Bali, a spiritual island of beauty

by Katherine Li-hsia on 週一, 31 十二月 2007 評論
We decided to go to Bali on holidays, after my girlfriend who happens to be an islander from Taiwan had praised the Indonesian island as a little paradise on earth. She had repeatedly told me about the beauty of the white sandy beaches, the luxurious nature, or the great variety of the culture and the gentleness and “softness” of the Balinese people, all of which convinced me to go and have a look. We consequently arrived in the capital Denpasar on the 1st of December, where a minibus (the call it Bemo) from the hotel we had booked was waiting for us. While driving through the hectic and polluted streets of Denpasar, crowded with cars, minibuses and loads of motorcycles, I didn’t quite get the feeling yet, of being in one of the most beautiful places in this part of the world! We arrived late at night in Nusa Dua, an enclave and planned resort with a seemingly sense of artificiality, that would also happen to host, just a few days away, the United Nations Climate Change Conference starting from the 3 to 14th December. The next two days were spent lazily lying down on the beach, swimming in the pool, enjoying the local food, especially a late dinner with a treat of seafood, right on the beach at Jimbaran, and spoiling ourselves with oil massage. Even though all this was very nice and relaxing, something told me that, this was not what Bali Island was really about, or at least, it was not what I was looking for.
After Nusa Dua, we decided to head to Ubud, considered as the cultural center of Bali, located in the highlands toward the center of the island. We started our journey toward Ubud, passing through some small villages, noticing temples in almost every corner, mostly small ones in front of each house, but also bigger ones with amazingly intricate and beautifully stone-carved doors and walls. Temples are present literally everywhere in Bali and therefore, one can feel a certain “religious atmosphere” in the air. It is nearly impossible to overstate the importance of religion in Bali. Every morning and evening all across Bali, the women and girls of the family make and place, each with a brief ceremony, dozens of small offerings to the gods. Religion is the basis for most daily life. The majority of Balinese (90%) practice a form of the Hindu religion which they call Agama Hindu Dharma (Religion of the Hindu Doctrine), it represents a unique amalgam of Hindu and Buddhist elements that were grafted onto a base of pre-existing animist beliefs and customs. It is rather difficult to determine in Bali exactly where religion stops and other social and cultural forms – entertainment, agricultural planning, work, childbirth, rites of passages – begin.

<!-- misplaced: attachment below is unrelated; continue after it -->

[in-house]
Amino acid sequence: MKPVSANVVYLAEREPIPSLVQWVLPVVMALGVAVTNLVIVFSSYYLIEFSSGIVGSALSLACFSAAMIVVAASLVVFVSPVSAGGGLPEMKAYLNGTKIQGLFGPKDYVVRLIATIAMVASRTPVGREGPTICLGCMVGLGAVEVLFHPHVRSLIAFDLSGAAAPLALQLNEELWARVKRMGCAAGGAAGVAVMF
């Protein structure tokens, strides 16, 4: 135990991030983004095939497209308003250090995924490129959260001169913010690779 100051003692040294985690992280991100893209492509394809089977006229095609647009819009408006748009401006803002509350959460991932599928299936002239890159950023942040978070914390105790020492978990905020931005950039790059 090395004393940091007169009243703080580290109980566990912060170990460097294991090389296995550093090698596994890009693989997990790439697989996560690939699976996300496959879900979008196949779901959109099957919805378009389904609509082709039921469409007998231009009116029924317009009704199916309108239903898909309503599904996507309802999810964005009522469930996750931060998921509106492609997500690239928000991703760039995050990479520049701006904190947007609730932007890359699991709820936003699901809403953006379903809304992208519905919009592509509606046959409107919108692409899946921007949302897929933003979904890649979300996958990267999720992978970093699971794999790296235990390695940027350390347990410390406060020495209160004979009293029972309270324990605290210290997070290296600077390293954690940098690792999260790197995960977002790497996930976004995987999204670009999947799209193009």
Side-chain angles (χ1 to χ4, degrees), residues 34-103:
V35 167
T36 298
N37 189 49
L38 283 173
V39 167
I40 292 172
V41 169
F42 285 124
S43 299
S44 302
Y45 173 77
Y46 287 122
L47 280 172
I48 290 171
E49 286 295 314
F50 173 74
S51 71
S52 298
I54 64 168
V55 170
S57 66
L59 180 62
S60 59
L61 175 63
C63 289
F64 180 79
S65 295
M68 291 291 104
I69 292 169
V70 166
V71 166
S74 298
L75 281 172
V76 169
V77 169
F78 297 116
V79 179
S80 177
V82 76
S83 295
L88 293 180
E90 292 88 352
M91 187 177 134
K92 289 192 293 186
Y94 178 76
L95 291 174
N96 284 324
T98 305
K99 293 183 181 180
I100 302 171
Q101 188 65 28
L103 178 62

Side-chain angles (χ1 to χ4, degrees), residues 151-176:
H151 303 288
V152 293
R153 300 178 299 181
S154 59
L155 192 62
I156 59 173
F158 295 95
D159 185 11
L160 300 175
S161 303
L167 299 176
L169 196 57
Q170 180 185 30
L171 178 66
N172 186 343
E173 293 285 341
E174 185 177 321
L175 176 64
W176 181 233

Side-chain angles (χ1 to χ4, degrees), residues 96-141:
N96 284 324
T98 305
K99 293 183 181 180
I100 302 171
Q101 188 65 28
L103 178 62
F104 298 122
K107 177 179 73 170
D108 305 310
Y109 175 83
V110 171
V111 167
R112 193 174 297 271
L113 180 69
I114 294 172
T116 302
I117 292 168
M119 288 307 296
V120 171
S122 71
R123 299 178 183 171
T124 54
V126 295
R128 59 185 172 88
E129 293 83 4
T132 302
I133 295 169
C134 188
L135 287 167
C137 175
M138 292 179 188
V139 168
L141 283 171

In almost every small village we stopped by, on our way to Ubud, we met friendly and smiling people, even though some of them were obviously enduring hardships and a rather tough life. Just before arriving in Ubud, we saw some magnificent wet-rice terraces, surrounded by palm trees and coconut trees, the whole picture very green, amazing!
While in Ubud, we were able to experience quite some cultural entertainment and performing arts, ranging from Traditional music played by Gamelan orchestra, to the Barong dance performance, which is one of Bali’s most famous and popular dances, usually described as a contest between good and evil, the good Barong and the evil witch Rangda.
While riding a motorcycle and heading toward the east cost, we also randomly stopped in a small village in the countryside to listen and watch a Gamelan and dance performance that was played and danced by kids, one of the highlights of our trip, because of the very special atmosphere, and the great smiles of all these people. We finally reached a place called Candidasa on the east coast where the sand was almost black or at least very dark and it started raining very heavily, so we found a shelter under the tent of a coconut vendor, with whom we had a lot of fun, using almost only body language to communicate.
Our trip in Bali ended back down on the south coast in Seminyak, another popular and developed “beach & surf” location, although the way it has been developed still respects the harmony of the surrounding nature. Bali is definitely a spiritual island of beauty.

(Photos M. Conforto-Galli)

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